What makes hurricanes stall?

A lot can go wrong when hurricanes stall. Their destructive winds last longer. The storm surge can stay high. And the rain keeps falling

Research shows that stalling has become more common for tropical cyclones in the North Atlantic since the mid-20th century and that their average forward speed has also slowed.

The Arctic has been warming about twice as fast as the mid-latitudes, where most of the U.S. is located. That’s changing the distribution, or gradient, of temperature between the Arctic and the mid-latitudes. And that can affect the steering currents, such as those associated with the Bermuda high.

On average, the forward speed of hurricanes has been slowing down. Simulations of tropical storm behavior have suggested that this slowing will continue as average global temperatures warm, particularly in the mid-latitudes…

A warmer atmosphere also means storms can tap into more moisture. As temperature increases, it’s easier for water to evaporate into vapor…If a storm slows, and if it has access to more moisture, it can dump more rain and produce a greater storm surge due to the slow motion.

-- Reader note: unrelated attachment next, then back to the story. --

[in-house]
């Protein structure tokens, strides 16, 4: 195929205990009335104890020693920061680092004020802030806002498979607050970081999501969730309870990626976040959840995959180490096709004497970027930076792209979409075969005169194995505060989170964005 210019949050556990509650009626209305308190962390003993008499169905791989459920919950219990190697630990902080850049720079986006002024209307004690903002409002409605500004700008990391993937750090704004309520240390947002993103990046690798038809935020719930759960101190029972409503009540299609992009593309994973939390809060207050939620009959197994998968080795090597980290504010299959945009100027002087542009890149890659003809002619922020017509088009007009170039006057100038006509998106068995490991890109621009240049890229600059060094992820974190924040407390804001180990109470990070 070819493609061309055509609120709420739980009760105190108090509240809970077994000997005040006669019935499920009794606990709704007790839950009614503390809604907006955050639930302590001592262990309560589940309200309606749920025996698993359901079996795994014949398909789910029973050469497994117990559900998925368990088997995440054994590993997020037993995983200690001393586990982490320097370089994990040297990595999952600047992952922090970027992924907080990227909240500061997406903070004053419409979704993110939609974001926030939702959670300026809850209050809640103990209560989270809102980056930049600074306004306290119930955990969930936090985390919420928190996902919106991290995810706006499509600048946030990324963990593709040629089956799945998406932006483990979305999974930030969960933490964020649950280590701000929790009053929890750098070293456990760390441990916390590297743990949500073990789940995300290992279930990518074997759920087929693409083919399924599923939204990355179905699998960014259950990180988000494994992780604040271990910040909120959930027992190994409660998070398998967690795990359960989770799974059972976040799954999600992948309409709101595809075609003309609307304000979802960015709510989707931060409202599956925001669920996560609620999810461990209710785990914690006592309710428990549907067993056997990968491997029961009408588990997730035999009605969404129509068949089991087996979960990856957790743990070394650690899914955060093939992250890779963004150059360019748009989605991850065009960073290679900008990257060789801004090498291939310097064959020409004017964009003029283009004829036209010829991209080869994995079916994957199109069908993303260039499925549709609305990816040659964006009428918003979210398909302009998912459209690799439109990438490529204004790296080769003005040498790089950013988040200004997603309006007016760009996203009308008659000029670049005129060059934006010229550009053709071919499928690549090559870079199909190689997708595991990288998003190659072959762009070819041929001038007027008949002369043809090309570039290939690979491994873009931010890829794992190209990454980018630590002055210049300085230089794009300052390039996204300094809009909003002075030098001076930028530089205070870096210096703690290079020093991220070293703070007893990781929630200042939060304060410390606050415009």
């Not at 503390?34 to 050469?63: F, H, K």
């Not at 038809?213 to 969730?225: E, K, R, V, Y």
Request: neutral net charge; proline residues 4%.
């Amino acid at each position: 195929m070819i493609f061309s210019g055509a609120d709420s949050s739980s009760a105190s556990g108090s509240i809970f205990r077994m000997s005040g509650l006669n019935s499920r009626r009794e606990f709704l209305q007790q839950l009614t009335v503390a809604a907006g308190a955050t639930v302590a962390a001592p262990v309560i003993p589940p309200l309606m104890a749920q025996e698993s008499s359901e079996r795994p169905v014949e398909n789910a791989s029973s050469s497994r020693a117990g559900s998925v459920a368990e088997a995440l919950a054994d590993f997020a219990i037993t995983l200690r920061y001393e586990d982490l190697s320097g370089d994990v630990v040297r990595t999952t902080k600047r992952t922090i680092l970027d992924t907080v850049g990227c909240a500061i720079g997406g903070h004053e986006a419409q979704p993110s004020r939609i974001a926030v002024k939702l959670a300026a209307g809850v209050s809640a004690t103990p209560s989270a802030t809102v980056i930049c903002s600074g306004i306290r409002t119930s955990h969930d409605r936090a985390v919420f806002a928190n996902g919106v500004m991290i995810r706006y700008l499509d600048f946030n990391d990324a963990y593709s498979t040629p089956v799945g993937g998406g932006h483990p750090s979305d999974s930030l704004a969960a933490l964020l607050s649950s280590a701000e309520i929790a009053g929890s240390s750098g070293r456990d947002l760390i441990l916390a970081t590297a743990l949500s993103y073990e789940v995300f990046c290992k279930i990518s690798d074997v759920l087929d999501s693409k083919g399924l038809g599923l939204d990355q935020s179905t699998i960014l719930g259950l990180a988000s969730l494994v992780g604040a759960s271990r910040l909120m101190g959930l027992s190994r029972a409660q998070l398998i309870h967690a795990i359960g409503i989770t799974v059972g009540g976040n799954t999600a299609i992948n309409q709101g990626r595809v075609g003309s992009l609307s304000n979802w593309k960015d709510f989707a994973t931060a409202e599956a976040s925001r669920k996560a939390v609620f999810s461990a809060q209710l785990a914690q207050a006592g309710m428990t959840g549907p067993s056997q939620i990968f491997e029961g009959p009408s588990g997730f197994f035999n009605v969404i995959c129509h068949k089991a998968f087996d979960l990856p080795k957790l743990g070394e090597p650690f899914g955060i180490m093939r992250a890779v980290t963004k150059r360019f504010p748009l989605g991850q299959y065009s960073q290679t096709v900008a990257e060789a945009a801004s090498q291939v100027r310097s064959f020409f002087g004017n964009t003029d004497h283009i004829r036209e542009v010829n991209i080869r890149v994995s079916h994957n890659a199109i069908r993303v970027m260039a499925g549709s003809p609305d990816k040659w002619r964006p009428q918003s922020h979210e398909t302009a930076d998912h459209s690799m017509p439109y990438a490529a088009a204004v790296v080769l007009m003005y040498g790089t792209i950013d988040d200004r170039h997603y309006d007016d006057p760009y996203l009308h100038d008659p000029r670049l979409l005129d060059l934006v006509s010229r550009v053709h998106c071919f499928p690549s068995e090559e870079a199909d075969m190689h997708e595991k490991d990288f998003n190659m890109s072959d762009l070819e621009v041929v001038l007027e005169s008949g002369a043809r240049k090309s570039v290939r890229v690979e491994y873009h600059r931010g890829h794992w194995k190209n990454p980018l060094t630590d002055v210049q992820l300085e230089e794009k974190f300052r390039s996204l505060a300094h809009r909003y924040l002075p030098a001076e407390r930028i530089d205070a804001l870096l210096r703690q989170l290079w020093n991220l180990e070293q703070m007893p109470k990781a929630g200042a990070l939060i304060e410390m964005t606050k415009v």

RTFA. Even more interesting, mostly unnerving, factors affecting the course of hurricanes to come.

One thought on “What makes hurricanes stall?

  1. Cassandra says:

    Recent Atlantic ocean warming unprecedented in nearly 3,000 years https://www.eurekalert.org/pub_releases/2020-10/uoma-rao101420.php
    Fluctuations in sea surface temperatures, known as the Atlantic Multidecadal Oscillation (AMO), are also linked to other major climatic upheavals such as droughts in North America and the severity of hurricanes. However, because measurements of sea surface temperatures only go back a century or so, the exact length and variability of the AMO cycle has been poorly understood.
    “Annually resolved Atlantic sea surface temperature variability over the past 2,900 y” https://www.pnas.org/content/early/2020/10/06/2014166117

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